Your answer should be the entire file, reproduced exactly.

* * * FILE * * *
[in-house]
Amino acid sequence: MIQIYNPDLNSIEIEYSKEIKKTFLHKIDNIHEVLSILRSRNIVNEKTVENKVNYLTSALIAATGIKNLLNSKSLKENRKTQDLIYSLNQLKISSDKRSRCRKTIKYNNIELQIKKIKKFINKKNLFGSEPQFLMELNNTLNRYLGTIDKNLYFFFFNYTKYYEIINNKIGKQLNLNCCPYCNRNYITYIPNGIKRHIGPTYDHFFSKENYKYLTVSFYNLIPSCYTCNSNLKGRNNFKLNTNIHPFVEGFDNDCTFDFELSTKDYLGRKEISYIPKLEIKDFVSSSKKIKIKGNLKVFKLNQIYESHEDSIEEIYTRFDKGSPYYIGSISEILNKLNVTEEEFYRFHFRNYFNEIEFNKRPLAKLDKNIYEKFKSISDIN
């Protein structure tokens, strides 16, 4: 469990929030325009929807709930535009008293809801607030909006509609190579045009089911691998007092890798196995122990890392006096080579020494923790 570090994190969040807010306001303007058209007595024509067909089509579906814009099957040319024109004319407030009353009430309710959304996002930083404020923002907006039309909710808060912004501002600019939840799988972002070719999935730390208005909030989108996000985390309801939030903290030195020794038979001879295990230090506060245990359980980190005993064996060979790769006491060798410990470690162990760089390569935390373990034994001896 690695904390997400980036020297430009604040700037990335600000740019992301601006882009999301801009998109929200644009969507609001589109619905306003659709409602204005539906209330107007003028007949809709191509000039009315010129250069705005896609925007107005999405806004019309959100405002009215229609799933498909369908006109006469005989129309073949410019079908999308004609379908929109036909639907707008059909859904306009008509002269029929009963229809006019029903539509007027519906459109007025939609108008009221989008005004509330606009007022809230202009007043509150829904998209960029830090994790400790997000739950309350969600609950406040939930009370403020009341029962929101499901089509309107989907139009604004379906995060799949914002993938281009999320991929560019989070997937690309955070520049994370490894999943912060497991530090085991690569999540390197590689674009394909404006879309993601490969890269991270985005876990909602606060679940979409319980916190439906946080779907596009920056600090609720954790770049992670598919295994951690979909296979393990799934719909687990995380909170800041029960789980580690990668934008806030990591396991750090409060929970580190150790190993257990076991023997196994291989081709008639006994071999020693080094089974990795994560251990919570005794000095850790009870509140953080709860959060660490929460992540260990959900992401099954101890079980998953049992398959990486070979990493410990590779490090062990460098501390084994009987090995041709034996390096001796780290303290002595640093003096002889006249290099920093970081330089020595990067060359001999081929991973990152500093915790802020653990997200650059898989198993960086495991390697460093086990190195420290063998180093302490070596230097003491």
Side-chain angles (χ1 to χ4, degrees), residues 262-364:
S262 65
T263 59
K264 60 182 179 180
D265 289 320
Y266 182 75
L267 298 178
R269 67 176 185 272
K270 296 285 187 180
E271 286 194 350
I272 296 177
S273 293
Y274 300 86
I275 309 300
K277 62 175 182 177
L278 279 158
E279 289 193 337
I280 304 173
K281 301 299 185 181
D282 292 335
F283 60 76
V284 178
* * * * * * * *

[in-house]
Amino acid sequence: MIQIYNPDLNSIEIEYSKEIKKTFLHKIDNIHEVLSILRSRNIVNEKTVENKVNYLTSALIAATGIKNLLNSKSLKENRKTQDLIYSLNQLKISSDKRSRCRKTIKYNNIELQIKKIKKFINKKNLFGSEPQFLMELNNTLNRYLGTIDKNLYFFFFNYTKYYEIINNKIGKQLNLNCCPYCNRNYITYIPNGIKRHIGPTYDHFFSKENYKYLTVSFYNLIPSCYTCNSNLKGRNNFKLNTNIHPFVEGFDNDCTFDFELSTKDYLGRKEISYIPKLEIKDFVSSSKKIKIKGNLKVFKLNQIYESHEDSIEEIYTRFDKGSPYYIGSISEILNKLNVTEEEFYRFHFRNYFNEIEFNKRPLAKLDKNIYEKFKSISDIN
């Protein structure tokens, strides 16, 4: 469990929030325009929807709930535009008293809801607030909006509609190579045009089911691998007092890798196995122990890392006096080579020494923790 570090994190969040807010306001303007058209007595024509067909089509579906814009099957040319024109004319407030009353009430309710959304996002930083404020923002907006039309909710808060912004501002600019939840799988972002070719999935730390208005909030989108996000985390309801939030903290030195020794038979001879295990230090506060245990359980980190005993064996060979790769006491060798410990470690162990760089390569935390373990034994001896 690695904390997400980036020297430009604040700037990335600000740019992301601006882009999301801009998109929200644009969507609001589109619905306003659709409602204005539906209330107007003028007949809709191509000039009315010129250069705005896609925007107005999405806004019309959100405002009215229609799933498909369908006109006469005989129309073949410019079908999308004609379908929109036909639907707008059909859904306009008509002269029929009963229809006019029903539509007027519906459109007025939609108008009221989008005004509330606009007022809230202009007043509150829904998209960029830090994790400790997000739950309350969600609950406040939930009370403020009341029962929101499901089509309107989907139009604004379906995060799949914002993938281009999320991929560019989070997937690309955070520049994370490894999943912060497991530090085991690569999540390197590689674009394909404006879309993601490969890269991270985005876990909602606060679940979409319980916190439906946080779907596009920056600090609720954790770049992670598919295994951690979909296979393990799934719909687990995380909170800041029960789980580690990668934008806030990591396991750090409060929970580190150790190993257990076991023997196994291989081709008639006994071999020693080094089974990795994560251990919570005794000095850790009870509140953080709860959060660490929460992540260990959900992401099954101890079980998953049992398959990486070979990493410990590779490090062990460098501390084994009987090995041709034996390096001796780290303290002595640093003096002889006249290099920093970081330089020595990067060359001999081929991973990152500093915790802020653990997200650059898989198993960086495991390697460093086990190195420290063998180093302490070596230097003491």
Side-chain angles (χ1 to χ4, degrees), residues 262-364:
S262 65
T263 59
K264 60 182 179 180
D265 289 320
Y266 182 75
L267 298 178
R269 67 176 185 272
K270 296 285 187 180
E271 286 194 350
I272 296 177
S273 293
Y274 300 86
I275 309 300
K277 62 175 182 177
L278 279 158
E279 289 193 337
I280 304 173
K281 301 299 185 181
D282 292 335
F283 60 76
V284 178